Did You Know That Window Film Helps House Plants?

Like other common misconceptions about window film, many people think it’s harmful to house plants. But that’s not the case. Just as window film can help conserve energy, it can also help your house plants.



A Green Thumbs Up


A Green Thumbs UpSolar control window film only blocks UV rays – not the red and blue rays that your plants need to grow and flower. And some plants will actually do better with window film, such as those that require less light (which are usually a dark green color). Delicate plants will also do better with window film because it provides a more stable temperature. So, for example, if you live in a hot climate during the summer, areas near sunny windows can get very hot and be harmful to delicate plants. Or even in normal circumstances, do you have certain plants that always seem to dry out or wilt on sunny days? Window film will help your plants retain moisture better. Just remember that all plants – especially fussy ones – need time to adjust to a new environment, so if you see wilting or color loss after installing window film, don’t panic. These issues should disappear after a few days.



Other Benefits of Window Film


Other Benefits of Window FilmBy rejecting the sun’s solar energy, window film maintains a more comfortable temperature in your home, reduces air-conditioning costs, and conserves energy. By blocking up to 99% of damaging UV rays, it protects your skin and offers significant fade protection for furniture, carpets, woodwork, and other interior furnishings. It also reduces glare to improve visibility, especially for computer and TV screens. All in all, window film makes your home more comfortable and inviting, letting you enjoy the outdoor views without any negative consequences.



If you’re interested in enjoying the many benefits of window film, from protecting your plants to lowering your energy bills, we invite you to find a dealer of Madico’s premium line of architectural window film, Sunscape.


The Benefits of Decorative Window Film

Glass has become a major design trend for renovating office space, and with good reason. Replacing interior walls with glass for offices, conference rooms, and lobbies can redirect natural light from windows up to 40 feet deeper into a building, reducing dependency on artificial lighting and cutting energy costs. But does glass create a lack of privacy that outweighs your energy savings? Decorative window film addresses this concern and boasts other benefits to augment the return on your energy savings investment.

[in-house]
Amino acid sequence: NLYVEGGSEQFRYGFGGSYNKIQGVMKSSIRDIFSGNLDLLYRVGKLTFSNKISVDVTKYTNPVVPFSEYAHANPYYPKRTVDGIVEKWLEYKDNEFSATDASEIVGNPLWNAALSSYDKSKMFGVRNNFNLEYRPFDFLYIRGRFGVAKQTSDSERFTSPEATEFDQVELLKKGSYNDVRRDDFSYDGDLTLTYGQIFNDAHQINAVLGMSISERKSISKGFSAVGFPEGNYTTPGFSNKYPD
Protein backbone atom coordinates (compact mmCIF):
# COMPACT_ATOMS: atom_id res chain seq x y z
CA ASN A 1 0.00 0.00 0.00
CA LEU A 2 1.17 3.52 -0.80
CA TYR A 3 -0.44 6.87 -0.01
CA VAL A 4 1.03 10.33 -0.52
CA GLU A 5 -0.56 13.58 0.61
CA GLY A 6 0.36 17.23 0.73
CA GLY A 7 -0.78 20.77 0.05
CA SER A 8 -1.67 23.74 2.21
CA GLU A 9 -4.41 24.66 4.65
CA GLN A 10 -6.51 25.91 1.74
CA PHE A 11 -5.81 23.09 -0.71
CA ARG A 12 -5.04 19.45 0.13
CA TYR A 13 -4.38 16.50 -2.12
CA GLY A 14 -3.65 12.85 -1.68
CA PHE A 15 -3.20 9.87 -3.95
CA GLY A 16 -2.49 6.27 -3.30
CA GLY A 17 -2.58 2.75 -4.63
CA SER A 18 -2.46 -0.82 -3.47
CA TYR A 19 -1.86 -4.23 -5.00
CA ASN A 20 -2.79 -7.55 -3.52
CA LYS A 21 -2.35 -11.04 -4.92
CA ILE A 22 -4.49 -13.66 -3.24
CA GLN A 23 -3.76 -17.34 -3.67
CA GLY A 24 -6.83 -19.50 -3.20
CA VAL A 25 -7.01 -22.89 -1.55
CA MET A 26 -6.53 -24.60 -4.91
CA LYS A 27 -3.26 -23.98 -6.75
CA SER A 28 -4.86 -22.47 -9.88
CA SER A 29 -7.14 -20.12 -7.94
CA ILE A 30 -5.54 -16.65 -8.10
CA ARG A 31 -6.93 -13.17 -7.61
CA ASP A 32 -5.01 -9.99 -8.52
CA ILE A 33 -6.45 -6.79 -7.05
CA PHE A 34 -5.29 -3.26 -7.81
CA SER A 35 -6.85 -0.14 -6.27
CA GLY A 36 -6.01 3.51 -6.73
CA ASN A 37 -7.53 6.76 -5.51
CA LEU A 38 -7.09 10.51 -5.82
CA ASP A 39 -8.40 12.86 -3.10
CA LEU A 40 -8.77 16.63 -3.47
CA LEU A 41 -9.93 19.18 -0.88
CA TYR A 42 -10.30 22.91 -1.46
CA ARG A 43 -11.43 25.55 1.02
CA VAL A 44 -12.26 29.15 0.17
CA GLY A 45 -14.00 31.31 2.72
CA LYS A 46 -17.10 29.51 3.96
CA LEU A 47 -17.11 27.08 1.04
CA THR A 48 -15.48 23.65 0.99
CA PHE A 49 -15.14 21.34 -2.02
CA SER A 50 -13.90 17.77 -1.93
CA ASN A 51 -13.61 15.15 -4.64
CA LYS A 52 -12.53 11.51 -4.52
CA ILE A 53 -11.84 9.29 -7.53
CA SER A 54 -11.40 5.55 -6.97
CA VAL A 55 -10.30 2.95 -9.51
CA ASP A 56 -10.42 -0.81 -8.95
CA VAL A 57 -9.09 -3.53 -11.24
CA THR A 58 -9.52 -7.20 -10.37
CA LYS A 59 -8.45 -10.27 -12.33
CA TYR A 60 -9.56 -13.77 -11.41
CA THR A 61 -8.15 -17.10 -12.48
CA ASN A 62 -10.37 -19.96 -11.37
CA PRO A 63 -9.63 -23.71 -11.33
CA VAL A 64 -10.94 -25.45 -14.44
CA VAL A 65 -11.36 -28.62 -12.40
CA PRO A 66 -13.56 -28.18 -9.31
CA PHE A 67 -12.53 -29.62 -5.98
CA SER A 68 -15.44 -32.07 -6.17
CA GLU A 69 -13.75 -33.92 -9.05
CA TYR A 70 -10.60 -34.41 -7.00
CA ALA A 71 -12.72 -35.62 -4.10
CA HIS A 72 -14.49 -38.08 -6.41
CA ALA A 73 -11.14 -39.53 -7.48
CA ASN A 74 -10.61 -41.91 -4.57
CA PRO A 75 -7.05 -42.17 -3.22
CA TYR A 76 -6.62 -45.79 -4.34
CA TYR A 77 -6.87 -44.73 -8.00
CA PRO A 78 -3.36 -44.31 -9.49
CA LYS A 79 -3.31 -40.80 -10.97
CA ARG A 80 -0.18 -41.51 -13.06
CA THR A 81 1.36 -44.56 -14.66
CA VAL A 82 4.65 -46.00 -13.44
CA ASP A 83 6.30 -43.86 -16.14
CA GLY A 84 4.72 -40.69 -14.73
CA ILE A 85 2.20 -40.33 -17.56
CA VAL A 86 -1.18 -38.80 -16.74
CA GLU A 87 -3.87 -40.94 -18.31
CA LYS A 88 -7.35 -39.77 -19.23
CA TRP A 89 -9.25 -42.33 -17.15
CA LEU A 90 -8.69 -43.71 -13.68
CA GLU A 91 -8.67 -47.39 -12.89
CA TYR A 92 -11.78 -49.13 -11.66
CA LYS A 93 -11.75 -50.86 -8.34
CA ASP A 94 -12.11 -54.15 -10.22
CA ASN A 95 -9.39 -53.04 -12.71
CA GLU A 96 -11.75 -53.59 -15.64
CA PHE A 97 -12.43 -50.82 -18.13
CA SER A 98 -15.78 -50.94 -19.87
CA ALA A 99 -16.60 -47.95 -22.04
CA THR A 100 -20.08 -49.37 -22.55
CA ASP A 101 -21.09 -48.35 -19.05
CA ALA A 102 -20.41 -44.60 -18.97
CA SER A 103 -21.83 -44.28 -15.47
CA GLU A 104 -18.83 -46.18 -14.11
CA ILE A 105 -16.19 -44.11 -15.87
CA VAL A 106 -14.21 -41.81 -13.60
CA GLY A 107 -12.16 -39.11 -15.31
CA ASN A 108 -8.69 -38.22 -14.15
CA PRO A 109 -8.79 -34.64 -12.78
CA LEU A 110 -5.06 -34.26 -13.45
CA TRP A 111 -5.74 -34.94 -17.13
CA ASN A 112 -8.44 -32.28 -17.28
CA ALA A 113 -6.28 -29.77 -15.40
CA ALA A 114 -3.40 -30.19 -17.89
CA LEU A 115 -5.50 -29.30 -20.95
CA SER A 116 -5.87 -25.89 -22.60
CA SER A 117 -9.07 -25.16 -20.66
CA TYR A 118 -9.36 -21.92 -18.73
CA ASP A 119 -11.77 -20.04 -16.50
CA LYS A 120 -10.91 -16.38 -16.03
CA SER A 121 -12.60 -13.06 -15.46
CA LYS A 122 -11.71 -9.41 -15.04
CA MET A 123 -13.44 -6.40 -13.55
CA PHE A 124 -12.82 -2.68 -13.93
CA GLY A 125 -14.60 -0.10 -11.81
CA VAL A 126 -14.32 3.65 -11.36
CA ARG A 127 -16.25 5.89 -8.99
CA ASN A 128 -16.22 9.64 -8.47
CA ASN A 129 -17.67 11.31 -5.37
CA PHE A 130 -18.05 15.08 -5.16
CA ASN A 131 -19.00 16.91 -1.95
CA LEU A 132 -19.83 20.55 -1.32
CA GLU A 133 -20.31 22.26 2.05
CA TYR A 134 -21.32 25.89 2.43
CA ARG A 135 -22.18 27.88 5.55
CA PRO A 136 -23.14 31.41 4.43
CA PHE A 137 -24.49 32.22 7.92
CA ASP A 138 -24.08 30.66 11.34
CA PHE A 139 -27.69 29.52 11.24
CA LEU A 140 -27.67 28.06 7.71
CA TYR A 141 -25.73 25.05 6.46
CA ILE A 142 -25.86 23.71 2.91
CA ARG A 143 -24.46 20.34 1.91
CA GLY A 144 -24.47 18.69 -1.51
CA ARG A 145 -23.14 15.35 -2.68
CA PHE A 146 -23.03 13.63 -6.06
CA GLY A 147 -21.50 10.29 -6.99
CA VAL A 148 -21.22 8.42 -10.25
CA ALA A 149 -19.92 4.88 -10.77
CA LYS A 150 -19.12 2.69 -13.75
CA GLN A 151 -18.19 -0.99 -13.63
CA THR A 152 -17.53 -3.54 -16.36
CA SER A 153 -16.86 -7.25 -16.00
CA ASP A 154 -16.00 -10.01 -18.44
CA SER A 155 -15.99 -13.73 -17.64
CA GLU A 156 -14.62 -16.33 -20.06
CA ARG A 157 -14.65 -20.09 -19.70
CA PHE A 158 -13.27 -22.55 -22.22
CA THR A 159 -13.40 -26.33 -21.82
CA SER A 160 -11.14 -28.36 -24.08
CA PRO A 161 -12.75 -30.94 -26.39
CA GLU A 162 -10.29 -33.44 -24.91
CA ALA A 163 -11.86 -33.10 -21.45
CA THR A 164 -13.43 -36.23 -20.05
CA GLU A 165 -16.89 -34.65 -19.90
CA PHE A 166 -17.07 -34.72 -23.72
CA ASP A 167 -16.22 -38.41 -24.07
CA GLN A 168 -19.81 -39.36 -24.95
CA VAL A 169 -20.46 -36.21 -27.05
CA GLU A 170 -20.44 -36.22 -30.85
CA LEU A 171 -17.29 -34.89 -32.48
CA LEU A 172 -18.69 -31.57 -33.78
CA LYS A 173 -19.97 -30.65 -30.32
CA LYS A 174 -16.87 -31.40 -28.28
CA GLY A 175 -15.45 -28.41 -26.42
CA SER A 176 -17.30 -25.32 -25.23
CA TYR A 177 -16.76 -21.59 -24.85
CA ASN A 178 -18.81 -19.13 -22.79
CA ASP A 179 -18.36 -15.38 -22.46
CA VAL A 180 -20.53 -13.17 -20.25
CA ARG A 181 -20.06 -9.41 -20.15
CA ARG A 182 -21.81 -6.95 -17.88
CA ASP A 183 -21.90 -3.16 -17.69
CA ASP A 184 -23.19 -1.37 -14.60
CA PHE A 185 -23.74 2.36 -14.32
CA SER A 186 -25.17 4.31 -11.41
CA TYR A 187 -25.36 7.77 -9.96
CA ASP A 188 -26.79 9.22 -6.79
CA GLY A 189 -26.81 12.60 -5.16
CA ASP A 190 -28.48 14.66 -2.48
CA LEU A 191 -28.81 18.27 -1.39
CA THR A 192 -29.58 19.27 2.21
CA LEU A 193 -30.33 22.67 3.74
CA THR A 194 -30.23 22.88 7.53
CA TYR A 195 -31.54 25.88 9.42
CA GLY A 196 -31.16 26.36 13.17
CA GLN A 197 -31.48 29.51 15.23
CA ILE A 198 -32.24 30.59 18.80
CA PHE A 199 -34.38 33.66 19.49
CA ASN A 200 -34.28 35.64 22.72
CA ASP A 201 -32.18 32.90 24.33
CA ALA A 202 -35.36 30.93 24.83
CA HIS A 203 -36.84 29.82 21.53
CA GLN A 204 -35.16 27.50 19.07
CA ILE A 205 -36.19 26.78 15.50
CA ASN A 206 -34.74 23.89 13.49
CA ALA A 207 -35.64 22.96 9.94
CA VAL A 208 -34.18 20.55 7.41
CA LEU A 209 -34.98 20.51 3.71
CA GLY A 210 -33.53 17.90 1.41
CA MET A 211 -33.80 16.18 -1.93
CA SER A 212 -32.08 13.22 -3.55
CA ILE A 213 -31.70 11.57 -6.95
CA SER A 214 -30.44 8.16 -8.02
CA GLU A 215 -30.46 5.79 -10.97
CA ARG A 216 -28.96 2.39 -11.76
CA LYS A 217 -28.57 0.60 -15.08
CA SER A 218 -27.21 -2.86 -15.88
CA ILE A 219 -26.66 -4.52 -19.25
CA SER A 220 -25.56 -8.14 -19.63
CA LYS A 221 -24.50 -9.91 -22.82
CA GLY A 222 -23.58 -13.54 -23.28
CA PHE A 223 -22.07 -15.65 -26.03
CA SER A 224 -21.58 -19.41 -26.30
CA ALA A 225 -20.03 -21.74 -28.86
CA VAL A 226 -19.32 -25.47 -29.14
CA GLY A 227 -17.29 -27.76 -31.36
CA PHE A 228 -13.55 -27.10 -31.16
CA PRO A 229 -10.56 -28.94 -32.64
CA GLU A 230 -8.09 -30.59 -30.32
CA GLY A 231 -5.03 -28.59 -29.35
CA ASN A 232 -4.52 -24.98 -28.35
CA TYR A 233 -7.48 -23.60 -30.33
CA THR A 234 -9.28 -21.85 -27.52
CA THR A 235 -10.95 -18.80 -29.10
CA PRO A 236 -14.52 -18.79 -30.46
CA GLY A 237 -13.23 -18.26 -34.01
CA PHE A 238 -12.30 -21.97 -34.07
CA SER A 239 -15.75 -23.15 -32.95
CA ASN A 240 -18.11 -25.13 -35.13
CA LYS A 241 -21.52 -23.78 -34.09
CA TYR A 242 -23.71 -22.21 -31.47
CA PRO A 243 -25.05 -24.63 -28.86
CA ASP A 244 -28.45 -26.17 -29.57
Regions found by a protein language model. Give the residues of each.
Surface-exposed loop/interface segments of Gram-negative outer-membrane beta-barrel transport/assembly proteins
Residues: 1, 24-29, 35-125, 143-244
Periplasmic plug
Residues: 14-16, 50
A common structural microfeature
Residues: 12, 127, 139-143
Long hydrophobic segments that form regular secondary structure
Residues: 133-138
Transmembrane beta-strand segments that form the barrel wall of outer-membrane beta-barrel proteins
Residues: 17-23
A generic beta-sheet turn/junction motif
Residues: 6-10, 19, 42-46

Privacy Benefits of Decorative Window Film


Privacy Benefits of Decorative Window FilmInstalling decorative window film to glass provides discretion when confidentiality of information or privacy for employees is an issue. You can install frosted, tinted, or colored window film at various opacity levels to get the privacy you need without sacrificing natural light.


The Flexibility Factor

The Flexibility FactorWindow film enhances the sophistication factor of glass as well. You can select decorative film to customize your space with unique designs, prints, or patterns, including styles that resemble cut or texturized glass. Window film is easy to clean and durable over time, but because the film can be applied and removed easily and inexpensively without damaging glass, you have the flexibility to change the look of your space at little cost.



Let the Sun Shine In

Let the Sun Shine InBoosting natural light in the workplace has been linked to increased employee productivity and morale. Direct sunlight can cause glare on computer screens though, forcing employees to rely on blinds and overhead lighting to tackle the problem. Decorative window film reduces the transmission of light through glass to diminish glares, making employees more comfortable

while reaping the benefits of sunlight.


Window film provides the additional benefit of filtering up to 99% of harmful UV rays, which protects employees from skin damage that can cause skin cancer, and office furnishings and flooring from fading.

If you plan to renovate your office space with glass partitions and walls, you get to enjoy more natural light while reducing your energy consumption. Enhancing glass with decorative window film can further customize your space and provide the added benefits of privacy and protection for employees.


Stay Warmer This Winter with Window Film

When you think about how window film works, the fact that it keeps harmful UV rays and heat out of your home makes logical sense, but did you know that window film also retains heat inside of your home? Considering that the average home loses about one-third of its heat through windows and doors, window film can go a long way toward conserving energy and keeping your winter heating costs down.